State News

UNC-CH students rally against sexual assaults

Posted February 28, 2013 8:24 p.m. EST
Updated March 1, 2013 6:20 p.m. EST

— University of North Carolina at Chapel Hill students rallied Friday in support of a sophomore who has been accused of violating the school's honor code by speaking out about allegations of rape.

Dozens of students wearing whistles to demonstrate support of whistle-blowers gathered outside Chancellor Holden Thorp's office to express concern with how the campus handles sex assault cases.

"This administration will shout to the highest mountains that they support efforts to end a campus culture which supports sexual violence, yet they are silent about how they have contributed to it," one person said. "This is not leadership. It's division."

Some speakers talked of personal attacks, while others gave accounts for those who wished to remain anonymous. They all called sexual assault a crime that has become too common on campus.

"Until these things change here, we are all Landen Gambill," a speaker said.

The student-run Honor Court last week said Gambill had created an intimidating environment for the student she accused of raping her. The Honor Court, whose proceedings are private, previously found the man not guilty in the assault, Gambill and her supporters have said.

Under the university's rules, the court determines whether the honor code has been violated. Students and others can allege the violations – they are not criminal charges – an anyone found guilty of violating the code faces punishments that range from loss of privileges to expulsion.

Junior Andrea Pino, 21, said she hopes people realize sexual violence is pervasive at UNC-Chapel Hill and that Gambill isn't its only victim.

"Rape happens at the 'southern part of heaven.' Rape happens at the priceless gem. Rape happens at the University of North Carolina-Chapel Hill," Pino said.

The court's determination against Gambill have lit up the Internet with a Twitter hashtag – #IstandwithLanden – and various Facebook pages about safety at UNC, including a group called SAFER Carolina, started by Gambill, Pino and a friend.

"This isn’t about me. It's about the way survivors have been treated on the campus for years," Gambill told the crowd Friday.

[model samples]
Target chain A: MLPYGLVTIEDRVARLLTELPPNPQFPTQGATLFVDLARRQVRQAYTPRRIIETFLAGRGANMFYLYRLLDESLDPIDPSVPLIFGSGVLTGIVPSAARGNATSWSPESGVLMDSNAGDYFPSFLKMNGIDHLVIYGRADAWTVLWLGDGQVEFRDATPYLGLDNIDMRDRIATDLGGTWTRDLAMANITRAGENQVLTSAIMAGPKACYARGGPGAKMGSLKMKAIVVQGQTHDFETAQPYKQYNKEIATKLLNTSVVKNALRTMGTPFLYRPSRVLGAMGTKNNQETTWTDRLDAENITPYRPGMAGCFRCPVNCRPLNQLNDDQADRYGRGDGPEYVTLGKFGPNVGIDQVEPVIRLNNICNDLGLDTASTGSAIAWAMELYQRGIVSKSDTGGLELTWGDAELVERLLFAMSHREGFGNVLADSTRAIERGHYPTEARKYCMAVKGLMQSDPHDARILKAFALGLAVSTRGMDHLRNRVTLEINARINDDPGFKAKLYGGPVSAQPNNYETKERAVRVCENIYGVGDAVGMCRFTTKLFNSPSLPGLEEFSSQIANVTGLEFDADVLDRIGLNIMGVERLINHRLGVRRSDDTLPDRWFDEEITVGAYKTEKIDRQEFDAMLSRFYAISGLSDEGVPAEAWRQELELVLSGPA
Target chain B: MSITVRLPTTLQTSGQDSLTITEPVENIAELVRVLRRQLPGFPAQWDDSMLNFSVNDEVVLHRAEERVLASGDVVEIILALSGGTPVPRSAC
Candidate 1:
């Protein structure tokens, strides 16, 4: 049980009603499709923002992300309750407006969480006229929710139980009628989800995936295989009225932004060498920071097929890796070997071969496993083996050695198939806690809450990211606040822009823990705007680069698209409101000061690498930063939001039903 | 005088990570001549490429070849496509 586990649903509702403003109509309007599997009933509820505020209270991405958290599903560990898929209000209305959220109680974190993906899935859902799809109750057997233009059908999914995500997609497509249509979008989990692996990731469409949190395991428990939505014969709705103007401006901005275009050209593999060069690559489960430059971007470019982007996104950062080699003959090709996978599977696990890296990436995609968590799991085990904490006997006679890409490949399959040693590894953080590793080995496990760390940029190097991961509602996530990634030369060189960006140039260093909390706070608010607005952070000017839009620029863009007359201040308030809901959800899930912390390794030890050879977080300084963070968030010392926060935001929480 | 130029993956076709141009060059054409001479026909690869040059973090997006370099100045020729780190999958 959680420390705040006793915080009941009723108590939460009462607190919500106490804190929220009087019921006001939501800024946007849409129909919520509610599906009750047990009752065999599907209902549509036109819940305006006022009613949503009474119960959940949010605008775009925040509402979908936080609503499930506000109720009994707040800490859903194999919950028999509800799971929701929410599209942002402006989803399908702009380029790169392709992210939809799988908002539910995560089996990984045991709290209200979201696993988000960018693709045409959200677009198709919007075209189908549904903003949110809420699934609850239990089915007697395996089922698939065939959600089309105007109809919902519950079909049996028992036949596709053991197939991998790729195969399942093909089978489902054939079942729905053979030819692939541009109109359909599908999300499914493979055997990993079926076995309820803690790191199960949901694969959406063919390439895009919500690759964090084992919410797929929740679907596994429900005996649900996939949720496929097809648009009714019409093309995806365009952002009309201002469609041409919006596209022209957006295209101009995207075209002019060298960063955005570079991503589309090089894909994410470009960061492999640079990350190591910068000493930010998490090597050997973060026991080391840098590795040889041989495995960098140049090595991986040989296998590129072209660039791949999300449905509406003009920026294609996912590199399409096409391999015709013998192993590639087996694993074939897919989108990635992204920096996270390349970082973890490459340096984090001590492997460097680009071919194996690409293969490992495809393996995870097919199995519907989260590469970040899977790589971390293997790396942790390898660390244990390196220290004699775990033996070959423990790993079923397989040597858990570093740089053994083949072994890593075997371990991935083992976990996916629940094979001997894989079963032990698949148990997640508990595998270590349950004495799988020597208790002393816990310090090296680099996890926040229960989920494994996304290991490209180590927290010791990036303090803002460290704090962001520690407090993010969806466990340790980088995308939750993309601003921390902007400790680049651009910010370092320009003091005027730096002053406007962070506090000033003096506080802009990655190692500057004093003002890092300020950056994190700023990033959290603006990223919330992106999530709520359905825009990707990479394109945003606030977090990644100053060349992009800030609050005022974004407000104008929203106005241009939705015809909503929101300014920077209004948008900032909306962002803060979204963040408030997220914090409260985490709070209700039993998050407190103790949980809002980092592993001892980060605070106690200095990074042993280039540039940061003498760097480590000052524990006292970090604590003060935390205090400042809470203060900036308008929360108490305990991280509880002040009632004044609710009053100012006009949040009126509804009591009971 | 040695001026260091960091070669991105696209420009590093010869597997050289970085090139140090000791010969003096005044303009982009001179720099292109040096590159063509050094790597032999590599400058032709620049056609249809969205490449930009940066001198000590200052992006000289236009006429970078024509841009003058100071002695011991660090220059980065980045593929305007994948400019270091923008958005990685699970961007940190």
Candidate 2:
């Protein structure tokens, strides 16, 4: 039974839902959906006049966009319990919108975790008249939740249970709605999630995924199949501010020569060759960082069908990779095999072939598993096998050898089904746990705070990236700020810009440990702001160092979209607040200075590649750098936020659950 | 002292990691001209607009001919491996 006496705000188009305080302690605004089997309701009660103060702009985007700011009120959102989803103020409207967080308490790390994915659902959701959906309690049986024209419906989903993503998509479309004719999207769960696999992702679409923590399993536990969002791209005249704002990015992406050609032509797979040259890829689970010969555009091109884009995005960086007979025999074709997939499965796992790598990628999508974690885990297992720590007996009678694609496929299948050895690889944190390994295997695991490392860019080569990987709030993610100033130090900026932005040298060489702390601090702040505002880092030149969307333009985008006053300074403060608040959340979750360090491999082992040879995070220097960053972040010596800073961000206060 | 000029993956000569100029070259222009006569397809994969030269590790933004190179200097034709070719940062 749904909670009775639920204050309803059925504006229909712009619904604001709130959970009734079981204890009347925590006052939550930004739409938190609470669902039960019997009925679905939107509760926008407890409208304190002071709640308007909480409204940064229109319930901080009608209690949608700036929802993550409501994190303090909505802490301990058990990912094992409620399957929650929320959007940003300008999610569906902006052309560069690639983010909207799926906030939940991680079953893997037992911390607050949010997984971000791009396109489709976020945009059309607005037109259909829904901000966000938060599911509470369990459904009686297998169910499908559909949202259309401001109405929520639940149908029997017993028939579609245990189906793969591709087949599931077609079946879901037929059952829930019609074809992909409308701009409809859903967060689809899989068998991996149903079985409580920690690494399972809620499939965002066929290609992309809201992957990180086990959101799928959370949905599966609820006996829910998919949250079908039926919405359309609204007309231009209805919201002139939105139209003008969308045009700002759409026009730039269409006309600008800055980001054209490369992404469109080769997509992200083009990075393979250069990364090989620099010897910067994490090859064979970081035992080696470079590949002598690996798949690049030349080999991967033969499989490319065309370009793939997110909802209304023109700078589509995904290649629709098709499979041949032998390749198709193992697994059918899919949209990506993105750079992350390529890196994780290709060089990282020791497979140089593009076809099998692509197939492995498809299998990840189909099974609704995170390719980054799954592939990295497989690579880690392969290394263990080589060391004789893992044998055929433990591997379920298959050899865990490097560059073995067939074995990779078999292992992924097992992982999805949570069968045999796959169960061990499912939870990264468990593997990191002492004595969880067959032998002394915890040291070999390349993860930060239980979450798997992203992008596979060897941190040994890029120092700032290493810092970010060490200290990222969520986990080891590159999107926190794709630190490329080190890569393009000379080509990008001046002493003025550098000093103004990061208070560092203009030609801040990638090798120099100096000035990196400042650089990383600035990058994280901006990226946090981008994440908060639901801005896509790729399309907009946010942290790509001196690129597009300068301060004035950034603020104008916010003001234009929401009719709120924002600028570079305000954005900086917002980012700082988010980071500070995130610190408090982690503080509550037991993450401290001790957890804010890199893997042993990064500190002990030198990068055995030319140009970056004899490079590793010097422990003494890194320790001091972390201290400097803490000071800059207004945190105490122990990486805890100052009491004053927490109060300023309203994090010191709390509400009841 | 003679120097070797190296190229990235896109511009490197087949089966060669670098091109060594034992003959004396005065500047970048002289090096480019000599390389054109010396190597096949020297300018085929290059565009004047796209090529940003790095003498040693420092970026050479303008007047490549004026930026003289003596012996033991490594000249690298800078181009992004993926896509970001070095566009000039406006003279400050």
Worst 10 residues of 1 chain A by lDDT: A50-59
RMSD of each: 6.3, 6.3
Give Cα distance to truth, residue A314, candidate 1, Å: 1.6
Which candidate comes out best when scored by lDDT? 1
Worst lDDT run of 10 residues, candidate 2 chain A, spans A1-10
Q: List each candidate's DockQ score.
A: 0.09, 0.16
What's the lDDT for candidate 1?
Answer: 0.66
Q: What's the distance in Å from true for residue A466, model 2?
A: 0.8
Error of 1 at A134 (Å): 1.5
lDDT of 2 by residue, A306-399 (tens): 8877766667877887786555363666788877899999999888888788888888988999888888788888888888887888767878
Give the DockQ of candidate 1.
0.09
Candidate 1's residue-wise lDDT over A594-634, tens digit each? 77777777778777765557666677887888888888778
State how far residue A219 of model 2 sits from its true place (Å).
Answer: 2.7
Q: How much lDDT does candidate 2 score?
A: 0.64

She called for the university to craft a new sexual assault and harassment policy, provide training for administrators on handling such cases and an independent department for responding to assaults.

The university said in a statement that officials encourage students to report sexual assaults, but those at the rally said that doesn't go far enough.

"It’s time for us to stand up and refuse to be re-victimized," Gambill said.

Some UNC-Chapel Hill faculty members stood with the students at the rally.

"The university needs to commit vastly more resources to prevention," said Karen Booth, an associate professor of women's and gender studies. "We must all become part of the solution."

Pino and Gambill are two of five women, including a former assistant dean, who have asked the U.S. Education Department's Office of Civil Rights to investigate what they call an atmosphere of sexual violence at UNC. A DOE spokesman says the office is evaluating whether to investigate.

The Daily Tar Heel student newspaper obtained a copy of the DOE complaint and reported that it accuses the school of under-reporting sexual assault cases for 2010 in an annual report to the federal government on campus crime. The complaint also alleged that campus officials allowed a hostile environment for students reporting sexual assault.

It includes reports from about 60 unidentified students who say they were victims of sexual assault at UNC, Pino said. Copies of federal complaints are typically not public record until after the case is closed.

Gambill has said the honor code violations are the university's retaliation against her for speaking out. A UNC-Chapel Hill spokeswoman said that claim is without merit, noting that university administrators play no role in Honor Court proceedings.

Gambill hasn't publicly identified the student she says attacked her. Her code violation charges her with "disruptive or intimidating behavior that willfully abuses, disparages, or otherwise interferes" with another's academic pursuits at UNC.

She said she never pursued criminal charges against her attacker, saying that university officials encouraged her to resolve the matter through the Honor Court and noted that she couldn't file charges until the Honor Court case was resolved.

After that, she said, she felt so victimized that she didn't want to go through the process again, although pressing criminal charges is "still a possibility."

University officials say the Honor Court no longer handles sexual assault cases.

In a statement earlier this week, UNC said it couldn't address the specifics of Gambill's case.

"This university works hard to encourage students to come forward and report instances of sexual violence," the statement read. "No student has ever been disciplined for reporting a sexual assault or any honor code violation. Further, no university administrator filed or encouraged the filing of charges in this case; there is no retaliation by the university."

Pino still maintains that the honor code charges against Gambill send the message to sexual assault victims that they'll be punished if they speak up.

"Are we telling survivors that if they come forward, it'll be their fault?" Pino asked. "Are we telling them that if they talk about it, they'll be shot down? Because it's a lot easier to make the rape girl go away than it is to address the problem of sexual violence."